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Wednesday, March 16, 2011

The Field Lab's Olive Beer Bread

I have never purchased a can/bottle of beer in my life -- until today.  Do you have any idea how expensive it is?!  The price of wine is looking better, and that I should know about.  Mind you -- I have had a few sips of beer here and there -- not much because I don't really care for it.  So what brought about this turn of events . . .

I picked up on John Wells' adventure in sustainable living (aka "The Field Lab") in the Big Bend that first appeared in the New York Times, and was repeated the next day in some Texas newspapers, including our local paper.  Seems that John, a New Yorker, decided at mid-life that he was going to chuck it all to live off the grid in the middle of the far western desert of Texas.  The Big Bend is about equi-distant from Los Angeles and Dallas, so you can see that it is a long ways from anything, let alone New Yawk City.  Curious, I found his website, and was instantly entranced by his 3 year old experiment.  One of the things that quickly got my attention was his solar oven baking of beer bread.  I like to make bread occasionally, too, so I asked for his recipe, and he quickly obliged.

That meant that I must buy a 16 oz. can of Budweiser Chelada beer.  Did you know that you cannot buy just one beer?  I guess this means that I will make this bread 4 times:)  Or learn to like beer.  With clamato juice.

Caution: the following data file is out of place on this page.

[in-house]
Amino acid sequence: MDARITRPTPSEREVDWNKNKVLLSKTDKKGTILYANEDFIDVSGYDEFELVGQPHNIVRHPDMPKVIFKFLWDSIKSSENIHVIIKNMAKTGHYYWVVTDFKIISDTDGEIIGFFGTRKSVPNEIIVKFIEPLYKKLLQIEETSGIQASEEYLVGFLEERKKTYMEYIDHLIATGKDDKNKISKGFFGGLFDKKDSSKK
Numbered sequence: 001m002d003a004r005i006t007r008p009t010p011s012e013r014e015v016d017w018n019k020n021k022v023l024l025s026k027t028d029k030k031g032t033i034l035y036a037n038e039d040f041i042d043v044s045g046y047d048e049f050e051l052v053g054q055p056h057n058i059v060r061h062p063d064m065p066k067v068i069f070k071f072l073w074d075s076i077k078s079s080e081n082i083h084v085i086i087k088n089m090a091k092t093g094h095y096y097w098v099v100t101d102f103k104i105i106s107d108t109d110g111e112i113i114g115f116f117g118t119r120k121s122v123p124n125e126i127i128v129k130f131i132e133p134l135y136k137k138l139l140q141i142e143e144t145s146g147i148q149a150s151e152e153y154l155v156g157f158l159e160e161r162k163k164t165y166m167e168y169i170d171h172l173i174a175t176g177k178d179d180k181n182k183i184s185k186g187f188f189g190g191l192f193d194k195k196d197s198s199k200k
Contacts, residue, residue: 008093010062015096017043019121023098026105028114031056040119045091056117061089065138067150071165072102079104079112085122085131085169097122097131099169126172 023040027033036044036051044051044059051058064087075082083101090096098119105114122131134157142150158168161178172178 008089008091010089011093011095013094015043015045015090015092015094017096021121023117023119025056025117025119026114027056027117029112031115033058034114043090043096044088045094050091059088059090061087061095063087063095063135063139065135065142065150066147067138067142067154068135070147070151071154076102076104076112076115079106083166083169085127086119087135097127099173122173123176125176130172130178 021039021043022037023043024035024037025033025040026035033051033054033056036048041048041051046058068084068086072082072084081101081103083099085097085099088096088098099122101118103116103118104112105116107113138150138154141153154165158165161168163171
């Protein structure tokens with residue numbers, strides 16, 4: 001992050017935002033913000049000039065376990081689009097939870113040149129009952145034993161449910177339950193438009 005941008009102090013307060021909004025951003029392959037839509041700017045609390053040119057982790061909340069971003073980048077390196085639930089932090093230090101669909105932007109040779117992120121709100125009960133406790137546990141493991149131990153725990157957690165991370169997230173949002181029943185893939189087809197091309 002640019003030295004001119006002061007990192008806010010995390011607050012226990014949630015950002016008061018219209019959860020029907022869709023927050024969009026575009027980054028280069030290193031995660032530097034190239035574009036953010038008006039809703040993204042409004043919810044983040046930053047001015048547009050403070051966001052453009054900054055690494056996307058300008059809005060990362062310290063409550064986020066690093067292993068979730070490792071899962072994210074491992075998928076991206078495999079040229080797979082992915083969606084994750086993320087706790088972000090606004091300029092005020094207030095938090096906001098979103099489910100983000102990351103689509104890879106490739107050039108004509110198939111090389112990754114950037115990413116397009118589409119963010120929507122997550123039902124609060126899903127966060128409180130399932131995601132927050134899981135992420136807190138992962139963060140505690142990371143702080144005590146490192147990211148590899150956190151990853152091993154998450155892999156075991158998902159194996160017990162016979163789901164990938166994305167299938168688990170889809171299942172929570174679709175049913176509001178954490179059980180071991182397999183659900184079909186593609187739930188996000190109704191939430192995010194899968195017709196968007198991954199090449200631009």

I mixed the dry ingredients with the Kitchenaid Mixmaster, then added the chopped olives, and mixed it all together.  Finally, I began to pour in the beer, but should have stopped at about 3/4 of the can.  As a result, I had to throw in about a handful more of flour.  Much too wet for dough.  Finally, I put on the dough hook, and gave it a few spins.  Still too wet.  Poured it all out onto the pastry board and added another handful of flour.  I was finally able to handle it a bit although it was still very wet and sticky, but it was definitely too much for one bread pan, but not enough dough for a  2nd  bread pan, so I put the remainder into a bread pot.  For those who are unfamiliar with bread pots, these are for small loaves of bread, but a standard clay garden pot can be used.  Mine is a cute little bread pot that I found many years ago in my wanderings. 

John's recipe makes 1 standard loaf.  (I think I ended up with too much because I dumped all the beer into the batch without gauging the wetness of the dough.)  John cautioned me that his solar oven worked at 275 degrees and took 3 hours to bake.  I experimented at 350 degrees for 45 minutes.  The results are very slightly underdone, so next I will try cooking it longer.  The house smells great, and the bread tastes delicious.  Thank you, John!

I have included a pix of the bread pot next to the beer can in order to give you a sense of the pot's diminutive size.  

By the way, John, are we supposed to drink the rest of the beer with the bread? 

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